I am a 5th generation Oklahoman. My wife is ethnically Vietnamese. Our children are happy little mongrels with Eurasian eyes and Oklahoma accents. We often produce fusion recipes consisting of local ingredients and traditional Vietnamese ideas.
Wild turkey spring season is almost upon us, and I would like to share one of our fusion recipes with the blog.
Pho (pronounced fuh-uh with two syllables NOT foe with a long O and one syllable) is a simple soup dish with numerous health benefits. In its simplest form it is broth made from bones and simple herbs. The bones provide minerals and collagen for bone and joint support. The herbs provide a medicinal element (anti-inflammatory, anti-parasitic, et cetera). The entire concoction can be considered as a prescription in traditional Chinese medicine, and ideally the herbs should be tailored to medical needs and not to palette preference.
I shoot my turkeys with a small cal rifle, because I’m not fond of eating bird shot or trying for a head shot. I do not pluck feathers or attempt to save skin. Gut it. Remove head and feet.
Drop the bird into a large Dutch oven or crock pot, along with a few carrots, celery, an onion, garlic, and maybe an apple. Salt well, and slow cook until meat becomes tender. You may have to separate the bird depending on its size. If so, use legs and wings and save the breast for Chia Gio (Viet Eggrolls, next time).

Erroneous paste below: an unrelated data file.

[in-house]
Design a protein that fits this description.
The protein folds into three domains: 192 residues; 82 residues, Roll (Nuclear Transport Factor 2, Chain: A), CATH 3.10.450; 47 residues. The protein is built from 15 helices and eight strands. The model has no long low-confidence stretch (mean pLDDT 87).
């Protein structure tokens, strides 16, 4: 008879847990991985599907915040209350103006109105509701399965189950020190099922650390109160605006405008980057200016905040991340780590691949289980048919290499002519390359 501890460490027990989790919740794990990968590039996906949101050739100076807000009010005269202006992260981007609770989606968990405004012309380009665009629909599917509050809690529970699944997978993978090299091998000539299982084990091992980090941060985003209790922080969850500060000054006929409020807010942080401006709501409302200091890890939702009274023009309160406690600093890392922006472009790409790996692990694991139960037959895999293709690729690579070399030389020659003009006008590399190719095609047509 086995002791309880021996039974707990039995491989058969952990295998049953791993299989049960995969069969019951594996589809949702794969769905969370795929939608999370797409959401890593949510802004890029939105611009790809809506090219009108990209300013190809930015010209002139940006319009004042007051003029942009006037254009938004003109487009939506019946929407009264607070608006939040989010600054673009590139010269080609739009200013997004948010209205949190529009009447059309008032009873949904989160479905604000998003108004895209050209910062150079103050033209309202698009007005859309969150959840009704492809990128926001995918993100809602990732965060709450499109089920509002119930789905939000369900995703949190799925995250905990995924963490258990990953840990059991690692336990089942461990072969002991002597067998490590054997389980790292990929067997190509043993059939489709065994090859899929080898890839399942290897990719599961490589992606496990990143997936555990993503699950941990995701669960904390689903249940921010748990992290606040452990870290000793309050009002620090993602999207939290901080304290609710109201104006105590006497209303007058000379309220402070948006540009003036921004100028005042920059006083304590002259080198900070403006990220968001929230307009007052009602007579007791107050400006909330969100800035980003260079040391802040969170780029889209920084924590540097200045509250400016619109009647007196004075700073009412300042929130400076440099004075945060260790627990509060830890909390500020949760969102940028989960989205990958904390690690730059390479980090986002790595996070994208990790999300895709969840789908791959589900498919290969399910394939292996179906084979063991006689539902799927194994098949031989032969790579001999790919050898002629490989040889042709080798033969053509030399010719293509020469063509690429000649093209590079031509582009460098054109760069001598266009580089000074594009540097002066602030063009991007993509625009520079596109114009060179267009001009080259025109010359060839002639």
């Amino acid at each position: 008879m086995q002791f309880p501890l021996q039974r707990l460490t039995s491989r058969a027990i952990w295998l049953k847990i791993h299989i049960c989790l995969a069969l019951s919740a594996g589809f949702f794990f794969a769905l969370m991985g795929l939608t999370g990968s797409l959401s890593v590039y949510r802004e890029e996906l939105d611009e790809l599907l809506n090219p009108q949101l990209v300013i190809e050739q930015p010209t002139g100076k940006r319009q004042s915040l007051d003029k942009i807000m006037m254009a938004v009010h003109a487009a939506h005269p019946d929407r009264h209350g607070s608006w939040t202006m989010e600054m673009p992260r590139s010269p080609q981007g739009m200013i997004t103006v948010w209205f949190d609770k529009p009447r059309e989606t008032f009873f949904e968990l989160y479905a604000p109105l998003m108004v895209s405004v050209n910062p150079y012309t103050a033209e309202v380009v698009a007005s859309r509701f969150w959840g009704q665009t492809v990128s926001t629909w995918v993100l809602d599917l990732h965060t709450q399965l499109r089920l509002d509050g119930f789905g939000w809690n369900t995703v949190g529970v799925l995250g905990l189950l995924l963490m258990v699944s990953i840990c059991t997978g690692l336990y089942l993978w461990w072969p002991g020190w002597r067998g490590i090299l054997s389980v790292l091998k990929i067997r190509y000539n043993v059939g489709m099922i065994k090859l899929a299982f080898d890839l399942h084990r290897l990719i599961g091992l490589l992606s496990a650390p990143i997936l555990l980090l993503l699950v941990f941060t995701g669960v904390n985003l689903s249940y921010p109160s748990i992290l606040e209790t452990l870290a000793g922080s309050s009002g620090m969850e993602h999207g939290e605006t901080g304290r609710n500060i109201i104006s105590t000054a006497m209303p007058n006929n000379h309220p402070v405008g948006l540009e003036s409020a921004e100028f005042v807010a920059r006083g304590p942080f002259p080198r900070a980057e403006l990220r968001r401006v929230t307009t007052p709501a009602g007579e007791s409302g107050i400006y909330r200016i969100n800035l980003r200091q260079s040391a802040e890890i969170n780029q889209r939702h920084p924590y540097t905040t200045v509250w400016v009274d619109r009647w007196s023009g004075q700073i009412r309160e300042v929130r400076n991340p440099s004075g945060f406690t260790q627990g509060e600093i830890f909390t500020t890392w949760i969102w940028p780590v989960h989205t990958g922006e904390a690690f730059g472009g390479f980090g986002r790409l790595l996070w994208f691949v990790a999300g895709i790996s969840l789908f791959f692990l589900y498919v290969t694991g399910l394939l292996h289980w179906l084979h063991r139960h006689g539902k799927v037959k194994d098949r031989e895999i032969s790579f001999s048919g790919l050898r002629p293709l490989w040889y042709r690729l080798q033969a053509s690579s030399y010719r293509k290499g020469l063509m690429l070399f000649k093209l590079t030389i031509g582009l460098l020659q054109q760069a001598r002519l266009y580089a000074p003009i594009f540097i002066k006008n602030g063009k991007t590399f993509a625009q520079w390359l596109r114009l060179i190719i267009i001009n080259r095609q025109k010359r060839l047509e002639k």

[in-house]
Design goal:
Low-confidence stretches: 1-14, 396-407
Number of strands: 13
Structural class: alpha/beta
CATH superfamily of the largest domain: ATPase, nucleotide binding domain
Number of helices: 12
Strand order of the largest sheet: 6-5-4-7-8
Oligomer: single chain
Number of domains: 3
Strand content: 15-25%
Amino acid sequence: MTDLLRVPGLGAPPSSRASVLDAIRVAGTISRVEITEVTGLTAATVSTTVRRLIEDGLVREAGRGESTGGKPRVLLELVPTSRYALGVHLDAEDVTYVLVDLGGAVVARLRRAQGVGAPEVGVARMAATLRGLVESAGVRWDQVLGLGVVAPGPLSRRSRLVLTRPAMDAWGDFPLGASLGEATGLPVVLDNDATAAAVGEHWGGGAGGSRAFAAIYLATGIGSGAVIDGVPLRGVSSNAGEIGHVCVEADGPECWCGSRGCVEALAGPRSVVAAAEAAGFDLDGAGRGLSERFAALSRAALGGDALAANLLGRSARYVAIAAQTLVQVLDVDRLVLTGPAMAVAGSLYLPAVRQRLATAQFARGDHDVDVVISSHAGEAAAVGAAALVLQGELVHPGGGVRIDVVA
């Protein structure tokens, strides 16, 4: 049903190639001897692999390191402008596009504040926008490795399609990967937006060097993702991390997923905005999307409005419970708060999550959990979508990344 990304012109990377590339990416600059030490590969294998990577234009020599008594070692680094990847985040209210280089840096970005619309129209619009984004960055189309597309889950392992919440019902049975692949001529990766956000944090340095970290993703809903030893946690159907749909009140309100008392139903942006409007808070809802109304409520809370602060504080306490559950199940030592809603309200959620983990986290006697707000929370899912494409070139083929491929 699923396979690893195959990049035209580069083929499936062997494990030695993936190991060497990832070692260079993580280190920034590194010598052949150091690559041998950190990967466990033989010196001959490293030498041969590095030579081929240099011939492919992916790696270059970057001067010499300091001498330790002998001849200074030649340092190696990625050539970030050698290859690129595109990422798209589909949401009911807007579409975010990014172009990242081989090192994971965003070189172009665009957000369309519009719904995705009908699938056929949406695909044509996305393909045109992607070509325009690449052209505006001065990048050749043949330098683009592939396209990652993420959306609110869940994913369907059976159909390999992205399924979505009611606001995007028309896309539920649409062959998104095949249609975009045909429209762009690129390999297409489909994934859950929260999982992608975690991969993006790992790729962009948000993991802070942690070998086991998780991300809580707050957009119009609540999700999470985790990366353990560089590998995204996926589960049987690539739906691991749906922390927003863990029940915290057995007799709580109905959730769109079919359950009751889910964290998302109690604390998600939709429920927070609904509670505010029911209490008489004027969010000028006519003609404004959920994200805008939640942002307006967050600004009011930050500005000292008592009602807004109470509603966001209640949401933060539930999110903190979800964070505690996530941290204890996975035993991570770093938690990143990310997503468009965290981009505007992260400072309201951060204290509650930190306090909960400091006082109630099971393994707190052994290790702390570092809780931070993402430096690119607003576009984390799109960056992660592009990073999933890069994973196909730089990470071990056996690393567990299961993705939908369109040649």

Remove most of the tender meat and veggies into a bowl and set aside. Place bones and drippings into a stock pot, along with a handful of coriander, one cinnamon stick, three star anise, a half handful of fennel seed, and a half handful of cloves. I do not really measure ingredients and neither do the Vietnamese grandmas who make this on Sunday afternoon in homes throughout OKC. Use what you have. Experiment.
Fill the remainder of the pot with fresh cold water and boil for at least an hour. Honestly, I think the longer it boils the better it is. You may have to add water to counter evaporation. Taste for saltiness.
Rice noodles, known as Banh Pho, can be purchased dried or fresh here in OKC and most any place with an Asian market. Be careful to follow directions. It’s very easy to turn these into mush. If you don’t have access to rice noodles, make your own egg noodles with wheat flour, egg, and water, just like grandma does. I use them frequently, as do many Vietnamese here.
Noodles go into your bowl. The broth goes on top. Add turkey and cooked veggies. Garnish with fresh onions and herbs. Commonly used are cilantro and basil, but I frequently make use of wild herbs, such as dandelion and curly dock (good stuff). Use what you like and what is available.
Finish with a squeeze of lime and some chili paste, too, if you can handle it. Love your neighbor and share! Say fuh-uh not foe; it’s excruciating to hear it incorrectly. Next time I will share Viet Spring Rolls/Eggrolls with wild turkey. Shalom y’all. – C.B.
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